Physical examination findings depend on the infection, and a given virus and strain can produce variable symptoms in different patients.[24, 14, 29, 27]

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Contributor Information and Disclosures
Author

Larry I Lutwick, MD Professor of Medicine, State University of New York Downstate Medical School; Director, Infectious Diseases, Veterans Affairs New York Harbor Health Care System, Brooklyn Campus

Larry I Lutwick, MD is a member of the following medical societies: American College of Physicians, Infectious Diseases Society of America

Disclosure: Nothing to disclose.

Specialty Editor Board

Francisco Talavera, PharmD, PhD Adjunct Assistant Professor, University of Nebraska Medical Center College of Pharmacy; Editor-in-Chief, Medscape Drug Reference

Disclosure: Received salary from Medscape for employment. for: Medscape.

Charles V Sanders, MD Edgar Hull Professor and Chairman, Department of Internal Medicine, Professor of Microbiology, Immunology and Parasitology, Louisiana State University School of Medicine at New Orleans; Medical Director, Medicine Hospital Center, Charity Hospital and Medical Center of Louisiana at New Orleans; Consulting Staff, Ochsner Medical Center

Charles V Sanders, MD is a member of the following medical societies: American College of Physicians, Alliance for the Prudent Use of Antibiotics, The Foundation for AIDS Research, Southern Society for Clinical Investigation, Southwestern Association of Clinical Microbiology, Association of Professors of Medicine, Association for Professionals in Infection Control and Epidemiology, American Clinical and Climatological Association, Infectious Disease Society for Obstetrics and Gynecology, Orleans Parish Medical Society, Southeastern Clinical Club, American Association for the Advancement of Science, Alpha Omega Alpha, American Association of University Professors, American Association for Physician Leadership, American Federation for Medical Research, American Geriatrics Society, American Lung Association, American Medical Association, American Society for Microbiology, American Thoracic Society, American Venereal Disease Association, Association of American Medical Colleges, Association of American Physicians, Infectious Diseases Society of America, Louisiana State Medical Society, Royal Society of Medicine, Sigma Xi, Society of General Internal Medicine, Southern Medical Association

Disclosure: Received royalty from Baxter International for other.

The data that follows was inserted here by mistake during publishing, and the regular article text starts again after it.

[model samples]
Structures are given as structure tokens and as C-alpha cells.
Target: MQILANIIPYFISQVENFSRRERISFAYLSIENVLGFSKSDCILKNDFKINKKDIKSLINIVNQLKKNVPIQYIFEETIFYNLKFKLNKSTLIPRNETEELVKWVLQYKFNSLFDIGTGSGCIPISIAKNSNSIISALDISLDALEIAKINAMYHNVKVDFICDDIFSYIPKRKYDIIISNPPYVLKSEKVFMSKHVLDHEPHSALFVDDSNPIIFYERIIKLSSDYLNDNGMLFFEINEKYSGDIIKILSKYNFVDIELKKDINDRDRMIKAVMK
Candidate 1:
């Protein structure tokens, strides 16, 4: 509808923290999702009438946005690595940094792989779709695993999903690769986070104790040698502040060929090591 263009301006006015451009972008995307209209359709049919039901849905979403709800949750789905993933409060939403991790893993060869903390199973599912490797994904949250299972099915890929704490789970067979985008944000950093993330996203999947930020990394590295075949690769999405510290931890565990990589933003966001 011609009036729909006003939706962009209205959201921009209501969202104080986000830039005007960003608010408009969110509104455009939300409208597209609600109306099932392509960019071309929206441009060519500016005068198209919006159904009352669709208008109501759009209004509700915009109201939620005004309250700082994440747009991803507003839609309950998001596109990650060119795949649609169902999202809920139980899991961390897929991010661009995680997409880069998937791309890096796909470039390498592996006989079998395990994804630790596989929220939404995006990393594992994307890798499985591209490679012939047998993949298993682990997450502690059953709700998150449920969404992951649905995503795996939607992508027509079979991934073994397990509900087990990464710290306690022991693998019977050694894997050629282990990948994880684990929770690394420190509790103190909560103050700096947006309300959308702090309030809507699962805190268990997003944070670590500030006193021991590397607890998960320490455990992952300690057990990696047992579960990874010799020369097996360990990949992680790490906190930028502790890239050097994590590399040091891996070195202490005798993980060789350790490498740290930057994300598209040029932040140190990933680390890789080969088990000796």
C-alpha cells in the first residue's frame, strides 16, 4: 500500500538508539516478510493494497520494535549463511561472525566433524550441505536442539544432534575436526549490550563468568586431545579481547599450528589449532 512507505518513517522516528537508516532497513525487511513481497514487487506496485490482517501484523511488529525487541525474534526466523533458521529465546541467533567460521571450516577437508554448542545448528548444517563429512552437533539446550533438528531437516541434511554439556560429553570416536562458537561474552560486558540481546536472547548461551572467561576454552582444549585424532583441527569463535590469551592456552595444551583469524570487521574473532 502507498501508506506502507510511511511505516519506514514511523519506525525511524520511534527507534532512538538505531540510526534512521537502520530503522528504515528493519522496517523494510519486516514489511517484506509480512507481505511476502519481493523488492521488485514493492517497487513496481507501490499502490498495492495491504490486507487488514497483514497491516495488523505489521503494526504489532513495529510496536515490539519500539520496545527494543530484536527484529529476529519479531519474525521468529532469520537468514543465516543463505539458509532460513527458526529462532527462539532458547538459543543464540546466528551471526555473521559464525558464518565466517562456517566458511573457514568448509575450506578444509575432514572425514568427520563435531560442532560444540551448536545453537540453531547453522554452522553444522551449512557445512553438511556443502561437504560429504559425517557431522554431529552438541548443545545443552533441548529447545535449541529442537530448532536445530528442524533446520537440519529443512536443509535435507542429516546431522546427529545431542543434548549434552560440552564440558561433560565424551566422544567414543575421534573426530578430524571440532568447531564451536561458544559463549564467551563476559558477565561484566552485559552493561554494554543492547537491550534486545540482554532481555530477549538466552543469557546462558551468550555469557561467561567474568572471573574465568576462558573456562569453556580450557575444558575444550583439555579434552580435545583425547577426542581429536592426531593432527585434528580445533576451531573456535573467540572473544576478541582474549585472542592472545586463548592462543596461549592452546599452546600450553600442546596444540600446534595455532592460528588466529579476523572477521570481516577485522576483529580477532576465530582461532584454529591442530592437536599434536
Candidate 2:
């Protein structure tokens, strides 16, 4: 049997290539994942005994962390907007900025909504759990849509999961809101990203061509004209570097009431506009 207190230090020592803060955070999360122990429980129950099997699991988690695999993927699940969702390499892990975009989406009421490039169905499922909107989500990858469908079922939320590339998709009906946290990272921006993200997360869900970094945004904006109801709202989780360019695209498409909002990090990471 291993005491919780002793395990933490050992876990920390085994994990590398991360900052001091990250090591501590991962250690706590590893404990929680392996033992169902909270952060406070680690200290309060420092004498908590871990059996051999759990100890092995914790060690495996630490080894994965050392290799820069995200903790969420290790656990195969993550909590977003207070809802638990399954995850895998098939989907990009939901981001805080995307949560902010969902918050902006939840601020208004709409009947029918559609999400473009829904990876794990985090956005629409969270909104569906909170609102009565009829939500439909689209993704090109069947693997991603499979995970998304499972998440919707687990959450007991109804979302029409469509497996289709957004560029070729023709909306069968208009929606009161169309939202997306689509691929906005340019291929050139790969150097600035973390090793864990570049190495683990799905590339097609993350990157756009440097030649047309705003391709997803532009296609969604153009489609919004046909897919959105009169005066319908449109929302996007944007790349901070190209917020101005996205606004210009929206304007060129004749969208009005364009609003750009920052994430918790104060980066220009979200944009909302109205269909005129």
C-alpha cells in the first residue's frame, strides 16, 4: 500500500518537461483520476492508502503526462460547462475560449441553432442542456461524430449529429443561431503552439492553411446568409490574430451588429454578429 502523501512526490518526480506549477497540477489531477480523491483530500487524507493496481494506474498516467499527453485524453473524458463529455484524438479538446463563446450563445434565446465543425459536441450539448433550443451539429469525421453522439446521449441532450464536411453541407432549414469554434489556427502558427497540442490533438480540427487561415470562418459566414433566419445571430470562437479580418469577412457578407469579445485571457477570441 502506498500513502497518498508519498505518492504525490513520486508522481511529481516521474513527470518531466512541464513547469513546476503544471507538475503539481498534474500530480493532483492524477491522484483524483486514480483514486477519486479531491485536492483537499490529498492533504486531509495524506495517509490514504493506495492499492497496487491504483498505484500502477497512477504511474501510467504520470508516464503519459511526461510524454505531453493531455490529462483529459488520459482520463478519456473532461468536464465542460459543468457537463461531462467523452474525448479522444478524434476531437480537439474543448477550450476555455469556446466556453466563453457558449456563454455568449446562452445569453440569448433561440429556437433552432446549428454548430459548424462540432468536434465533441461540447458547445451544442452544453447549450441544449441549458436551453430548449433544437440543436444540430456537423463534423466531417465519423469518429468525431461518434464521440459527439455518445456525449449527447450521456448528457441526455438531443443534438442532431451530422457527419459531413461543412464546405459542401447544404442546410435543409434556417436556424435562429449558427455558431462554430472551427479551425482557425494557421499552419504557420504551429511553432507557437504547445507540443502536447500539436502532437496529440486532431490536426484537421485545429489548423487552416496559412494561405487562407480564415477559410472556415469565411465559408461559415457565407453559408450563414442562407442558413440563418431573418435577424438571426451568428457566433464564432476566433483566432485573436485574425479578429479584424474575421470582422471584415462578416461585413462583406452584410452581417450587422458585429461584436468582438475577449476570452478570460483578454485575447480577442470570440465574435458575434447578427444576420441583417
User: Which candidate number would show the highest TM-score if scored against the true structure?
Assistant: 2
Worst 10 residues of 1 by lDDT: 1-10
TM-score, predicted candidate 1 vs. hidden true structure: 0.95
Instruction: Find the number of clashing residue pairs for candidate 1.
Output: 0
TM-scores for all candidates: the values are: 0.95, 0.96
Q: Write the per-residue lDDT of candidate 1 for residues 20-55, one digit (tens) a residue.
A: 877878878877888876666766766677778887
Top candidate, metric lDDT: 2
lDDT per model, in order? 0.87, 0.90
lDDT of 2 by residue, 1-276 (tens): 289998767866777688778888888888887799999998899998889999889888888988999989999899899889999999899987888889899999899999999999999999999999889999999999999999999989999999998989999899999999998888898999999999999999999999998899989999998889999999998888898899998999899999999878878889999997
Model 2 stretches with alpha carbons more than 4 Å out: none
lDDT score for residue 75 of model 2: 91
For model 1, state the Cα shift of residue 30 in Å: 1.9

Chief Editor

Mark R Wallace, MD, FACP, FIDSA Clinical Professor of Medicine, Florida State University College of Medicine; Clinical Professor of Medicine, University of Central Florida College of Medicine

Mark R Wallace, MD, FACP, FIDSA is a member of the following medical societies: American College of Physicians, American Medical Association, American Society for Microbiology, Infectious Diseases Society of America, International AIDS Society, Florida Infectious Diseases Society

Disclosure: Nothing to disclose.

Additional Contributors

John M Leedom, MD Professor Emeritus of Medicine, Keck School of Medicine of the University of Southern California

John M Leedom, MD is a member of the following medical societies: Alpha Omega Alpha, American College of Physicians-American Society of Internal Medicine, American Society for Microbiology, Infectious Diseases Society of America, International AIDS Society, Phi Beta Kappa

Disclosure: Nothing to disclose.

Acknowledgements

Yana Bron, MD Consulting Staff, Department of Pediatrics, Linden Children Services Inc

Yana Bron, MD is a member of the following medical societies: American Academy of Pediatrics, American Medical Informatics Association, and Phi Beta Kappa

Disclosure: Nothing to disclose.

Robert L Holmes, DO Major, Medical Corps, US Air Force, Medical Director of Infectious Diseases, Chair, Infection Control Review Function, Associate Program Director, Internal Medicine Residency Training Program, Keesler Medical Center

Robert L Holmes, DO is a member of the following medical societies: American College of Physician Executives, American Osteopathic Association, American Society for Microbiology, American Society of Tropical Medicine and Hygiene, and Infectious Diseases Society of America

Disclosure: Nothing to disclose.